18. Chemical force microscopy of stimuli-responsive adhesive copolymers

    NASA Astrophysics Data System (ADS)

    Beaussart, Audrey; Ngo, T. Chinh; Derclaye, Sylvie; Kalinova, Radostina; Mincheva, Rosica; Dubois, Philippe; Leclère, Philippe; Dufrêne, Yves F.

    2013-12-01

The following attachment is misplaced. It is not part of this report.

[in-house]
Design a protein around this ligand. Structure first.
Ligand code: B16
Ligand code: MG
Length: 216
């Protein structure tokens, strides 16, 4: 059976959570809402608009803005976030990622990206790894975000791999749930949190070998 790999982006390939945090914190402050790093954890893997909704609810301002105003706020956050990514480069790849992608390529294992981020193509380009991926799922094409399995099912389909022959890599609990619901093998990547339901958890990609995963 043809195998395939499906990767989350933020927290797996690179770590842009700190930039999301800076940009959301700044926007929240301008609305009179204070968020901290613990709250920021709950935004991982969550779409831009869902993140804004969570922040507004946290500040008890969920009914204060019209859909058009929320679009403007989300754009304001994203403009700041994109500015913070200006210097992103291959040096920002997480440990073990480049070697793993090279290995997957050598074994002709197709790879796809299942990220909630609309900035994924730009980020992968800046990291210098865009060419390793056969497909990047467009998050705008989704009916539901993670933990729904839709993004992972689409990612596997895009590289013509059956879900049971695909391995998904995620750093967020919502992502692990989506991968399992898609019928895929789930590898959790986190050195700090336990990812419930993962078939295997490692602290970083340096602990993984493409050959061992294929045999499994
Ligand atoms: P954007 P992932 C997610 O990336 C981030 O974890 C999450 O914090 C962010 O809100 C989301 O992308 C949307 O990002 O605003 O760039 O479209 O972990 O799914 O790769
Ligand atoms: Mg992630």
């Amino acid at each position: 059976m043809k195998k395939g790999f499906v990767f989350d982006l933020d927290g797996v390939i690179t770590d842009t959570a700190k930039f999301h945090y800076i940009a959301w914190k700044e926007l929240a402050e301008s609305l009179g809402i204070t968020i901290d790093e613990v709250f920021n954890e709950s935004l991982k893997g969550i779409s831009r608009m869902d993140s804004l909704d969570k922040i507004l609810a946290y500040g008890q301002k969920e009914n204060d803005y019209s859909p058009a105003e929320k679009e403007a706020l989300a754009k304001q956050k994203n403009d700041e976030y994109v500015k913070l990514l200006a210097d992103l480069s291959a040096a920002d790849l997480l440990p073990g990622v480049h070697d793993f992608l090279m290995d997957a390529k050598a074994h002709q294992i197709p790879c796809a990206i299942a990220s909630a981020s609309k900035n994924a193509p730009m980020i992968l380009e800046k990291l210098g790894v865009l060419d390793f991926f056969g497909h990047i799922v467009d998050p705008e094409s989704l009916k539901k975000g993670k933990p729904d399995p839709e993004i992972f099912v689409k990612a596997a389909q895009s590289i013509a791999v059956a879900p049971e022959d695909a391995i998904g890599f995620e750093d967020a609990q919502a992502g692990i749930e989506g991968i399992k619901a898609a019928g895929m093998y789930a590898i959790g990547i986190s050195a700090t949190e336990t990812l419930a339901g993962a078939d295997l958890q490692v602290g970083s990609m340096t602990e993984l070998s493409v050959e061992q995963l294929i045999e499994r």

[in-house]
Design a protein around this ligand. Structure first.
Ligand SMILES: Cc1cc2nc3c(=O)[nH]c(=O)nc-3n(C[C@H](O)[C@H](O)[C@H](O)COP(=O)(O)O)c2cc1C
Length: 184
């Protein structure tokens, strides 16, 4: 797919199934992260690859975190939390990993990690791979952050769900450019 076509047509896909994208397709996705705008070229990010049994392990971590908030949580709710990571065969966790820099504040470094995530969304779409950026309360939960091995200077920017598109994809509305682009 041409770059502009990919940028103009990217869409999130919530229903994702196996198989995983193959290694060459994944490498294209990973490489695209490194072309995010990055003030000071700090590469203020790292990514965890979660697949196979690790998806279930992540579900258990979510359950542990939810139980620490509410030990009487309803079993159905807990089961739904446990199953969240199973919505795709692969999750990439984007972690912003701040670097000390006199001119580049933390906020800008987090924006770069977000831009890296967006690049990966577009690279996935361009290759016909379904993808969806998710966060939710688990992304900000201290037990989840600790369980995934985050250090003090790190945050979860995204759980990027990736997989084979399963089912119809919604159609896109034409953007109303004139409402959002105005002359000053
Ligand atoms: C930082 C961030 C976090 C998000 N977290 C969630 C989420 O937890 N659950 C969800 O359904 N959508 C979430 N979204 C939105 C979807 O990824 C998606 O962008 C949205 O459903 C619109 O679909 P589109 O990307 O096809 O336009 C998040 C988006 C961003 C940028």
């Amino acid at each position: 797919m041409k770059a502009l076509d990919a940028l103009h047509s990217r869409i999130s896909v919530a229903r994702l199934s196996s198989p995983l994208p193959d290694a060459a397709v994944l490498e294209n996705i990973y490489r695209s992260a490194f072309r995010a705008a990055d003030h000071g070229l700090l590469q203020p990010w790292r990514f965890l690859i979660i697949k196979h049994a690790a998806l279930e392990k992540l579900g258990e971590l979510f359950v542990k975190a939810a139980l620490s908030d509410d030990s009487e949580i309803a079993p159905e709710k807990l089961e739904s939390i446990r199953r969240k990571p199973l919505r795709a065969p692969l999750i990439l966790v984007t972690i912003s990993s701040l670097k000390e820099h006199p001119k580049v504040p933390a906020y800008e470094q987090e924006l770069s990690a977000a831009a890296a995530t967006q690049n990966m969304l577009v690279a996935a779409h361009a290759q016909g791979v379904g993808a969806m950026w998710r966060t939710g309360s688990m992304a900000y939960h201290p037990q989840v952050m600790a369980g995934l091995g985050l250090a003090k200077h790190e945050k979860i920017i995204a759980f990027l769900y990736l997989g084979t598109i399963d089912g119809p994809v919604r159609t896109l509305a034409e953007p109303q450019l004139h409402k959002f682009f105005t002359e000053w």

Atomic force microscopy with chemically sensitive tips was used to investigate the hydrophobic and electrostatic interaction forces of a stimuli-responsive adhesive polymer, and their dynamic changes in response to water immersion and salt concentration. Block copolymer-filled coatings were obtained by incorporating an amphiphilic block copolymer containing a polydimethylsiloxane (PDMS) block and a poly(2-(dimethylamino)ethyl methacrylate) (PDMAEMA) block in a PDMS matrix. Topographic images of fresh samples revealed the presence of nanoscale domains associated with the presence of copolymers, covered by a thin layer of PDMS. Prolonged (30 days) immersion in aqueous solution led to the exposure of the hydrophilic PDMAEMA chains on the surface. Using adhesion force mapping with hydrophobic tips, we showed that fresh samples were uniformly hydrophobic, while aged samples exhibited lower surface hydrophobicity and featured nanoscale hydrophilic copolymer domains. Force mapping with negatively charged tips revealed remarkable salt-dependent force plateau signatures reflecting desorption of polyelectrolyte copolymer chains. These nanoscale experiments show how solvent-induced conformational changes of stimuli-responsive copolymers can be used to modulate surface adhesion.